Just when the world was starting to lose faith in the fourth estate, Lorna Siggins goes and does something we can all be proud of– exposing Enda Kenny’s cheap PR stunt as he basked in the glow of 145 “new” jobs that were actually announced two years ago.
If News International, Rebekah Brooks and Rupert Murdoch personify all that is wrong with the media, Kenny and his spin doctors have shown another seedy side of the business of communications.
As anyone who has ever had a manager will testify, there are always people who will opportunistically try to take credit for something they had nothing to do with.
Following a week where he has been kicked from pillar to post over A&E units in places like Roscommon, Enda and his staff have been flailing around desperately for a bit of good news to take him into the weekend on a high note.
But this is basket-case Ireland, and the banks “passing” their stress tests (no surprises there as they were essentially allowed to Tipp-Ex out all the bad debts they have) was never going to be enough.
So as he headed off to NUI Galway someone, somewhere in Enda’s office dusted down the press release from the CF Manufacturing group and lo and behold, 145 “new” jobs were created.
Except they weren’t – or if they were, they were being created for a second time.
CF had announced their intention to create these jobs two years ago. A swing and another embarrassing miss for Enda.
So all credit to Lorna Siggins of the Irish Times, who resisted the temptation to go rummaging through Robbie Keane’s rubbish and instead broke an important story about a government desperate for a decent headline.
And no credit at all to Enda, who is no doubt spending a lot of his time pondering the political fate of Garret Fitzgerald.
The recently-deceased Fitzgerald was the last Taoiseach who did what Kenny now has to do, namely administer an awful lot of bitter economic medicine to the Irish people, with no spoonful of sugar on offer to help it down.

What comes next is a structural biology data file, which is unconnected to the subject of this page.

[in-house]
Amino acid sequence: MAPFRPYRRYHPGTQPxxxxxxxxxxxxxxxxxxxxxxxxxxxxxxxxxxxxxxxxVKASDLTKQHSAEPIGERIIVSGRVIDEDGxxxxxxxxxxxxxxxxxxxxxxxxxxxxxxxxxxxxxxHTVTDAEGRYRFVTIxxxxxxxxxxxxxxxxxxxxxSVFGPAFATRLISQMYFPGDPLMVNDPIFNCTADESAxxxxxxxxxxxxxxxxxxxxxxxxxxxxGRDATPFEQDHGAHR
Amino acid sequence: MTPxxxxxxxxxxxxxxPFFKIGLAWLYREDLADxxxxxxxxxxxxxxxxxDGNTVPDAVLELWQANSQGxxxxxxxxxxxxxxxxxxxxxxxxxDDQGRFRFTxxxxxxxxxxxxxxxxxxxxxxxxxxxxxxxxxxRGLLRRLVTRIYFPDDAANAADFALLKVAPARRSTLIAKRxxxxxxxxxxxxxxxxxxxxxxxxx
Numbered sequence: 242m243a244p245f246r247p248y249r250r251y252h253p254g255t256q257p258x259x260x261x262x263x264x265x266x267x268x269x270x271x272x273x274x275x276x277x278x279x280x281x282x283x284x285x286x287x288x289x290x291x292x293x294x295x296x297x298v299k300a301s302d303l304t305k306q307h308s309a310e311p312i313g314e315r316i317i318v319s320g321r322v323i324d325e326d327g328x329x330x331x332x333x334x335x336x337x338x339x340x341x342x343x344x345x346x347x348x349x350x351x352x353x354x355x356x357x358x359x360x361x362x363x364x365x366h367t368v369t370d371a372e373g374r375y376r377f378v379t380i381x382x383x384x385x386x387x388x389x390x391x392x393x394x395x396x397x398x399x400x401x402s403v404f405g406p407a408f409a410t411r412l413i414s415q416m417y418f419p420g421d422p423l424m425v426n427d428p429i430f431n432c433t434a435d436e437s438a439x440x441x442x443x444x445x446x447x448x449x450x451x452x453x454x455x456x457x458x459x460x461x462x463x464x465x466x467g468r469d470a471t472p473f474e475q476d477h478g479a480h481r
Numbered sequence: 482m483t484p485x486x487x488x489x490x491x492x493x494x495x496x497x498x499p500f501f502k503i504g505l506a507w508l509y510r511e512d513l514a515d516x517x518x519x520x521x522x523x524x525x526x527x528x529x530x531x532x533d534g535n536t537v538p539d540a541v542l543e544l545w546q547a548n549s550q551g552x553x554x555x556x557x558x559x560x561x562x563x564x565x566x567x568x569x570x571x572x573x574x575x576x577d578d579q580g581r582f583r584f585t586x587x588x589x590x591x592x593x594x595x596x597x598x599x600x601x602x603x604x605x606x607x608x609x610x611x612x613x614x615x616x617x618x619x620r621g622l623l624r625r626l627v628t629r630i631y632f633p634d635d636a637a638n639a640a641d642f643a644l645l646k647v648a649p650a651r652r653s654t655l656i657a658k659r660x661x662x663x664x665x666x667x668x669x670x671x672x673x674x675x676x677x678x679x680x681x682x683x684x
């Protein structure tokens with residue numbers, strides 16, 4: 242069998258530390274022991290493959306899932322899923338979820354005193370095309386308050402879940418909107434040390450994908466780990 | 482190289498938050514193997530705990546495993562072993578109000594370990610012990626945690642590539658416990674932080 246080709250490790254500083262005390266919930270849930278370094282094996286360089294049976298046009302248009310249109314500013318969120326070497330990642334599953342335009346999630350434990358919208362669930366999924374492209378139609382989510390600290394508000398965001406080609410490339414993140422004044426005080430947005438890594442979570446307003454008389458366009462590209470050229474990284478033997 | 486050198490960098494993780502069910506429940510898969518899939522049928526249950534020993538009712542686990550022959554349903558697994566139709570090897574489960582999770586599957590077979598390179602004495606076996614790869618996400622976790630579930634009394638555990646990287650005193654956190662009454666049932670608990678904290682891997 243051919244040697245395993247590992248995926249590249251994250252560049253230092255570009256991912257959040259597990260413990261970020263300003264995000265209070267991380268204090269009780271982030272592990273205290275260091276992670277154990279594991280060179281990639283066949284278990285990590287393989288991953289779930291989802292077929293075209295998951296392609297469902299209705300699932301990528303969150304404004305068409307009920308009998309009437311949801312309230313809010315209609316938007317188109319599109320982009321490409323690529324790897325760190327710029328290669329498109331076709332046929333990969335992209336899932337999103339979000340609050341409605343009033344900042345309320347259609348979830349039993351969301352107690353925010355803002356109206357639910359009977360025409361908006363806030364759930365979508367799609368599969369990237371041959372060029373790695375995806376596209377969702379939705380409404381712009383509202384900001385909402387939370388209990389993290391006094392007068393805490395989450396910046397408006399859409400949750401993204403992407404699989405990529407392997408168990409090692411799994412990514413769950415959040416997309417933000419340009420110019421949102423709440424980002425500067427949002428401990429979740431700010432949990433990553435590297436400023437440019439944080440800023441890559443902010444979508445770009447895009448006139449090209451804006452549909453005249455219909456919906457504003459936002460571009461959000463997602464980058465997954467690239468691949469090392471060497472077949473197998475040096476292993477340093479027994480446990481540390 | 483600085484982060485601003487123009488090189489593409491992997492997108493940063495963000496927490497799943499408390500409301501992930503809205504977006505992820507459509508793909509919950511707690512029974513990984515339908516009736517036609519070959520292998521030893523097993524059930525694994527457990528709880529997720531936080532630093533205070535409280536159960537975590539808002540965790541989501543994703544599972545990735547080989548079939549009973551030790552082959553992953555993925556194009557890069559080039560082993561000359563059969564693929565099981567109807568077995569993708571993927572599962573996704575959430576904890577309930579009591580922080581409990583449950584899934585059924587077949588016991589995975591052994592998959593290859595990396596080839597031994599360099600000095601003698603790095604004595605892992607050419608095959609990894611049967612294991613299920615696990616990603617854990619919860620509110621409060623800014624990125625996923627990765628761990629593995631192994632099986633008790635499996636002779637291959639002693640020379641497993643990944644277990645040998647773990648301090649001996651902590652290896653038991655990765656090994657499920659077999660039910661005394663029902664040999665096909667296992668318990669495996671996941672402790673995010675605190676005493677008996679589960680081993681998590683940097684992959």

The Irish electorate slaughtered Fitzgerald at the polls, denying one of the two world-class statesmen Ireland has had since the war (the other is John Hume) the chance to harvest the fruit of his hard political labour.
Kenny is now in the same boat, and his desire not to go down the same road as Garret is understandable.
But instead of blowing off a load of hot air about the wind turbine jobs, he would be better advised to harness the disparate state agencies charged with accelerating Ireland’s recovery and insist that they work together, rather than separately, towards the common goal of getting Ireland working again.
I know he has tried, but as with many big organisations, the message goes through many changes as it goes down through the ranks, and on the ground little has changed for those tasked with finding us tourists and investors and buyers.
(Apart, of course, from the fact that their budgets have been slashed, making the job of selling a badly run economic mess harder than ever before).
But if he can succeed in this task, he will have an awful lot more than 145 new jobs to announce to the Irish people next time he opens something at a university.